A personal loan is a type of installment loan, which allows you to borrow a set amount of money and pay it back in monthly payments with interest over the course of the loan. When you pay back the loan in its entirety, the account is then closed.
There are two types of personal loans: secured and unsecured. A secured personal loan is guaranteed by collateral that can be claimed by the lender if you are unable to repay the borrowed money. Most personal loans are unsecured and not backed by collateral, which causes them to charge higher interest rates than some other types of loans. Your interest rate will also depend on your credit history and score.
Why are personal loans commonly used?
Personal loans can be helpful in a variety of situations, including debt consolidation, making expensive purchases, emergency expenses, and much more.
- Debt consolidation: If you have high-interest debts from other loans or credit cards, you can consolidate them into a single loan with a lower interest rate to make your payments more manageable. Balance transfer credit cards accomplish the same thing—sometimes with introductory offers of low or no interest—so, it’s important to weigh both options. Using a personal loan for debt consolidation may be best if you are not approved for a balance transfer credit card.
- Large purchases: Home updates, such as installing a new roof or swimming pool, are an example of expensive projects that could be funded with a personal loan. Other large items, like a Peloton bike or a new bed, are often purchased using buy now, pay later (BNPL) financing, which is another type of personal loan.
- Emergencies: A personal loan can be used to cover emergency medical expenses, which unexpectedly appear in the form of surgeries, dental procedures, ambulance rides, fertility treatments, and even veterinary bills for pets.
- Life events: Important life events are often accompanied by a costly celebration, like a wedding, milestone anniversary or birthday, and bar or bat mitzvah. While it’s important not to let a social event drive you into debt, a personal loan is commonly used to help alleviate the initial financial burden.
- Credit score improvement: Taking out a personal loan could positively impact your credit score if you make the payments on time. If you struggle with budgeting or timely payments, however, then borrowing more money may not be the right solution.
11 definitions to help you choose a personal loan
Finding a personal loan—for any reason—can be tough when the terms are filled with unfamiliar vocabulary words. It’s important to learn some of the definitions associated with personal loans to feel self-assured about choosing one that’s beneficial.
- Lender – Also referred to as a creditor, your lender is the financial institution from whom you are borrowing money.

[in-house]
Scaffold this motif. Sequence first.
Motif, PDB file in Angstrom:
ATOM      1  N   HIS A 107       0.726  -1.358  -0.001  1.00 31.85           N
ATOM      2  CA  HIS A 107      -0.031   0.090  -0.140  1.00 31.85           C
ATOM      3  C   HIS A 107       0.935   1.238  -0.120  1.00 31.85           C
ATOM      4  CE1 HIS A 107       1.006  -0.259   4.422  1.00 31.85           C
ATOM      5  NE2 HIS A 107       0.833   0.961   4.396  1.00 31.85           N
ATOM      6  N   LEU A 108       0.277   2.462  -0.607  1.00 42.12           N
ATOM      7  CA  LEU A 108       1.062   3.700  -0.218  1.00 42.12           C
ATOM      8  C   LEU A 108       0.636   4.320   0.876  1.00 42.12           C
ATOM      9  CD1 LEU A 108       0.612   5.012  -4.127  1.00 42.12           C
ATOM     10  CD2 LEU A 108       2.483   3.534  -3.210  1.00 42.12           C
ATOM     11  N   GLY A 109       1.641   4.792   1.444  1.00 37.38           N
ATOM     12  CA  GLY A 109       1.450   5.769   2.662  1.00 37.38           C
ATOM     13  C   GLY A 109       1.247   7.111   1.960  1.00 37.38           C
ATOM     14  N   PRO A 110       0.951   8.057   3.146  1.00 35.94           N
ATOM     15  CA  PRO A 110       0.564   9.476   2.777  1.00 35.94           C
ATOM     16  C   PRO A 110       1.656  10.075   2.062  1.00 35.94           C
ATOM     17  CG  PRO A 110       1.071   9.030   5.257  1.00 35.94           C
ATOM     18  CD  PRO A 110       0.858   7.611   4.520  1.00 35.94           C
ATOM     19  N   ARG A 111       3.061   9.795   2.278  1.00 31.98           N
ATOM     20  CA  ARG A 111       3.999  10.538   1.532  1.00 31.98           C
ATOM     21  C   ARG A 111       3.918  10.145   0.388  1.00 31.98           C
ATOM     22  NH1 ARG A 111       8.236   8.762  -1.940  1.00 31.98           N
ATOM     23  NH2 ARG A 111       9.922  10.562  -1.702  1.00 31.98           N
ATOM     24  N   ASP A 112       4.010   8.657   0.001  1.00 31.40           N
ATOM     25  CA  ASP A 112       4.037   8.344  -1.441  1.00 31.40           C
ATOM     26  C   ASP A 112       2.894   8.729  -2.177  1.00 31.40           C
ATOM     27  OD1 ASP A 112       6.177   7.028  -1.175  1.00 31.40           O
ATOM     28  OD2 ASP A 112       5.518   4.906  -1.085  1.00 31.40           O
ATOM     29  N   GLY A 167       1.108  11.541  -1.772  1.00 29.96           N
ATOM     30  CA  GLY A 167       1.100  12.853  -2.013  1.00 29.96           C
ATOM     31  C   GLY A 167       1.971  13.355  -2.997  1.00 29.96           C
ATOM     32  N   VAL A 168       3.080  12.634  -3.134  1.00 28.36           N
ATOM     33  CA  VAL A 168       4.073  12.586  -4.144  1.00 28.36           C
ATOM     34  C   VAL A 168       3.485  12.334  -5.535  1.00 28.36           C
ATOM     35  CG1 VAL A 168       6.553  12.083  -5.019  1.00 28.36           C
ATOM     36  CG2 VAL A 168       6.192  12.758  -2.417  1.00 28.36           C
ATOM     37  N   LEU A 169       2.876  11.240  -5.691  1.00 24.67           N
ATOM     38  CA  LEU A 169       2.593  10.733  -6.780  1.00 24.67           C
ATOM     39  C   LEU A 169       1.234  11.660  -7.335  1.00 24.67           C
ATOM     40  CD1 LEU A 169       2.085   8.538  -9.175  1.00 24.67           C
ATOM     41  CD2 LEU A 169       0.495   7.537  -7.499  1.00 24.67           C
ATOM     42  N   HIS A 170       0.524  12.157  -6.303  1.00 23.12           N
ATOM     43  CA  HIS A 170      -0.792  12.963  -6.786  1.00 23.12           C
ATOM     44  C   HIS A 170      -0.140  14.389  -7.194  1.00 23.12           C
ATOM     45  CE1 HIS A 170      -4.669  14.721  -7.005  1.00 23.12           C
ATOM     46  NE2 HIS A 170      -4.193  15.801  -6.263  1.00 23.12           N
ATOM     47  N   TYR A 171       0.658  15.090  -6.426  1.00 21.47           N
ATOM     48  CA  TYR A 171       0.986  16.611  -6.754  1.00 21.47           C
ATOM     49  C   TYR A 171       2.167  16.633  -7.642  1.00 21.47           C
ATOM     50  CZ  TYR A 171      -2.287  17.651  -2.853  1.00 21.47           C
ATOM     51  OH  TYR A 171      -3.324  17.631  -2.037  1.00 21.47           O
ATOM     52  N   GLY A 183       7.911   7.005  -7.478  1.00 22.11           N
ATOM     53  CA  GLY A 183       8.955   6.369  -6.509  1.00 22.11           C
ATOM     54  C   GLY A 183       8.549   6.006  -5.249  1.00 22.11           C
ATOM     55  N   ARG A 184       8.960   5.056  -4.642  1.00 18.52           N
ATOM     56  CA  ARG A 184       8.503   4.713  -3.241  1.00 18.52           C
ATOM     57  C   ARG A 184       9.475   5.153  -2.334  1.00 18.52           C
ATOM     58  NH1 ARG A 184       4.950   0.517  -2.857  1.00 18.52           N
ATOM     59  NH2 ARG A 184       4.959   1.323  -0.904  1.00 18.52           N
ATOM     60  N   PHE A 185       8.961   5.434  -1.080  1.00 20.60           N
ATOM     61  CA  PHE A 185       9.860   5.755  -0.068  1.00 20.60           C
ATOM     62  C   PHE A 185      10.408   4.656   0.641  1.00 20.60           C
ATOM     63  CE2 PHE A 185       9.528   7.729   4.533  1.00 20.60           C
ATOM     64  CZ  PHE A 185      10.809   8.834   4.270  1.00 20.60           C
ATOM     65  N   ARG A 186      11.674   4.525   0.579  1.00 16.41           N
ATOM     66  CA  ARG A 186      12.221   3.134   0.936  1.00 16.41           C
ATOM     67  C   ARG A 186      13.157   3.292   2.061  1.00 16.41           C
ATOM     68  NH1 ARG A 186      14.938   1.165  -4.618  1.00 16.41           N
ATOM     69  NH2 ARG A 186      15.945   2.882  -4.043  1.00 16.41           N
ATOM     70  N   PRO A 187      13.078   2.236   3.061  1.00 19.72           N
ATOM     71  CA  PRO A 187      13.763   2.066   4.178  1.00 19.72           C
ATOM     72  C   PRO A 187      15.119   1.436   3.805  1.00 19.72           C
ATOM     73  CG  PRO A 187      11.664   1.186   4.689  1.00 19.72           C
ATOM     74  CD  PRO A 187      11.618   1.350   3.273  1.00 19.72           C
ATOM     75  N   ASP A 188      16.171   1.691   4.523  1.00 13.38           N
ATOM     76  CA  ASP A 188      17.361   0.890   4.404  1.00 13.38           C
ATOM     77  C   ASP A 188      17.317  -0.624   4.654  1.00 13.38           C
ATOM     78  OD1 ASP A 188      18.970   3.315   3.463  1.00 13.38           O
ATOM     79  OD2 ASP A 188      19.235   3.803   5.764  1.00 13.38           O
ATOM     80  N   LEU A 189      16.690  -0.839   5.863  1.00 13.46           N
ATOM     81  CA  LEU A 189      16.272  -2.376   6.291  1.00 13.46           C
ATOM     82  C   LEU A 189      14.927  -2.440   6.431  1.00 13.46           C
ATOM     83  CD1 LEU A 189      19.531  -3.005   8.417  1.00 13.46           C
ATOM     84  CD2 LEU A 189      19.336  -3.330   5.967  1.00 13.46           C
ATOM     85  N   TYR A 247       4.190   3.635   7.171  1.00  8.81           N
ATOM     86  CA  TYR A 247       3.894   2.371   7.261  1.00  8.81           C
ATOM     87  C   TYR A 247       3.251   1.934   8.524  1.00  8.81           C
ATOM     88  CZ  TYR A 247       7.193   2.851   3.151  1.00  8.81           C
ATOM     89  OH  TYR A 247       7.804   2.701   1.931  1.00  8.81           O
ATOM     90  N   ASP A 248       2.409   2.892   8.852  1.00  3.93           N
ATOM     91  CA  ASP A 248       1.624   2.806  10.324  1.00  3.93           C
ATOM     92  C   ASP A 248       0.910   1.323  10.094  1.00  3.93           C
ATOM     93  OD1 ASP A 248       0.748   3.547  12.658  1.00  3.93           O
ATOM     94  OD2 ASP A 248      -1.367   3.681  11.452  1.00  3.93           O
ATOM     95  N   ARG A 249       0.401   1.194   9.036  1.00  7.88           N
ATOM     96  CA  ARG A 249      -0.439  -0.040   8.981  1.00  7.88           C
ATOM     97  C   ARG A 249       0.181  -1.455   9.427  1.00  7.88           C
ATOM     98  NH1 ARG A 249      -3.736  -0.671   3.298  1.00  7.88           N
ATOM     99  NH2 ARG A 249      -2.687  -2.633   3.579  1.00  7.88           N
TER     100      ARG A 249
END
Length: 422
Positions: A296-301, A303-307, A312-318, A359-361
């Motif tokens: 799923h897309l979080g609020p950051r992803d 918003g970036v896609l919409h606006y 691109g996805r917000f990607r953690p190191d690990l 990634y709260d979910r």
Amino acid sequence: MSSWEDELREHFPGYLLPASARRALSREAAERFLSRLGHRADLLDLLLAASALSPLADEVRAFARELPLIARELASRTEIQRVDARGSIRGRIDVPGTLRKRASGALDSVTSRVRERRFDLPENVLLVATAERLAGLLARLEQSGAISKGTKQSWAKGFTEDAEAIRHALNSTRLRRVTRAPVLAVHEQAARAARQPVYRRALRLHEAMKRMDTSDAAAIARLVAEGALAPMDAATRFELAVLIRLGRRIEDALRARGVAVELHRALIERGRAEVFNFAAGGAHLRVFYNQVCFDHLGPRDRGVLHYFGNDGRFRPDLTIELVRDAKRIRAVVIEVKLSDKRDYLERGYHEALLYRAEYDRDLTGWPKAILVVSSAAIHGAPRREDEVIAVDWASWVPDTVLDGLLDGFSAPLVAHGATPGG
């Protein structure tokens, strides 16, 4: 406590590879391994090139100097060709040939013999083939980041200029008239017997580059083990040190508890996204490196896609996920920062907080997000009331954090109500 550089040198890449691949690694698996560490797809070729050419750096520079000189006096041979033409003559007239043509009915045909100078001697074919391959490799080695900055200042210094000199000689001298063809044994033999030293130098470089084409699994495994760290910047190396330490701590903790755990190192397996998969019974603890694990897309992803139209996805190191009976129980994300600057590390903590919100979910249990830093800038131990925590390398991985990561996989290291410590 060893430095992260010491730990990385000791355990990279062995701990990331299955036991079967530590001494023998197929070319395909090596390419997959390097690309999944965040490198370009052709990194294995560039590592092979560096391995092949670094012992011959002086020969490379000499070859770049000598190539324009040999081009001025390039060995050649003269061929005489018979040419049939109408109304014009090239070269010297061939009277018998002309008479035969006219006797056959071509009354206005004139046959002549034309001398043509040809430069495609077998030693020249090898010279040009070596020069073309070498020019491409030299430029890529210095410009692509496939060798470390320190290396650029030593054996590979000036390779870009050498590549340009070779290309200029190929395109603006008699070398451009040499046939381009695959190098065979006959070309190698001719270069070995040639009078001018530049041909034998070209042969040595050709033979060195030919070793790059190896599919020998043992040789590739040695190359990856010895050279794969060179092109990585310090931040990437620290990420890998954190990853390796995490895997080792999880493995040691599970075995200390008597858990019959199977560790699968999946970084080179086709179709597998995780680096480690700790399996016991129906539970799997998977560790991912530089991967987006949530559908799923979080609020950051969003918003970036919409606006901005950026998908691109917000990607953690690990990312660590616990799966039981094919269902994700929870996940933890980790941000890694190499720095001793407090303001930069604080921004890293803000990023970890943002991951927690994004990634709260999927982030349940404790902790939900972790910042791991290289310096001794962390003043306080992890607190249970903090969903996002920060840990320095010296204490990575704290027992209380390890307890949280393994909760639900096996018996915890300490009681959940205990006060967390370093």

- Term – The term is the length of time you have to repay your personal loan, usually between one and five years. A longer term typically has a higher interest rate and lower monthly payments, while a shorter term means less interest and higher monthly payments.
- Principal balance – The amount of money you borrow (without any interest or fees) is the principal balance. As you make your monthly payments, the principal is reduced—though not by the exact amount of your payment, since it is also applied towards interest and fees first.
- Annual Percentage Rate (APR) – All personal loans have an APR, which is the yearly cost of borrowing money displayed as a percentage. A lower APR is preferable because it means you’ll pay less in interest for your personal loan.
- Fixed monthly payment – This is the set amount you’ll pay each month, which is applied towards both the principal balance and interest of your personal loan.
- Fixed interest rate – This is a fixed percentage that can be used to calculate the interest you’ll pay for your personal loan. It will not change during the term of your loan, making it simple to plan and budget accordingly.
- Variable interest rate – Also known as a floating or adjustable rate, this is an interest rate that can change over the lifetime of a loan—usually because it is based on a reference rate.
- Origination fee – This fee can be charged by a lender for processing your application and allowing you to borrow money. If an origination fee is charged, it is usually due when you receive the loan money or deducted from the principal amount, so know what to expect before applying.
- Late fee – Common for any type of loan, this is charged if you fail to make your personal loan payment on time. It can appear in the form of a predetermined fee or a percentage of your balance.
- Exit fee – Sometimes called a prepayment fee, this can be charged by a lender if you pay off your loan early. While it may seem positive to repay your loan faster than anticipated, remember that the lender expects to collect interest over the full term. For this reason, a penalty may be charged.
- Pre-approval – Also called pre-screening or pre-qualification, this occurs when a lender offers you an opportunity to apply for a loan based on the belief that you’ll qualify. Being pre-screened doesn’t guarantee approval, but it’s usually a good indication.
Read the fine print
With proper research and a budget prepared to support repayment, a personal loan can be a great option for funding high-priority purchases and boosting your credit score. Just make sure that you fully understand the terms and conditions of a loan before applying—this will help you find competitive rates and avoid hidden fees in the future.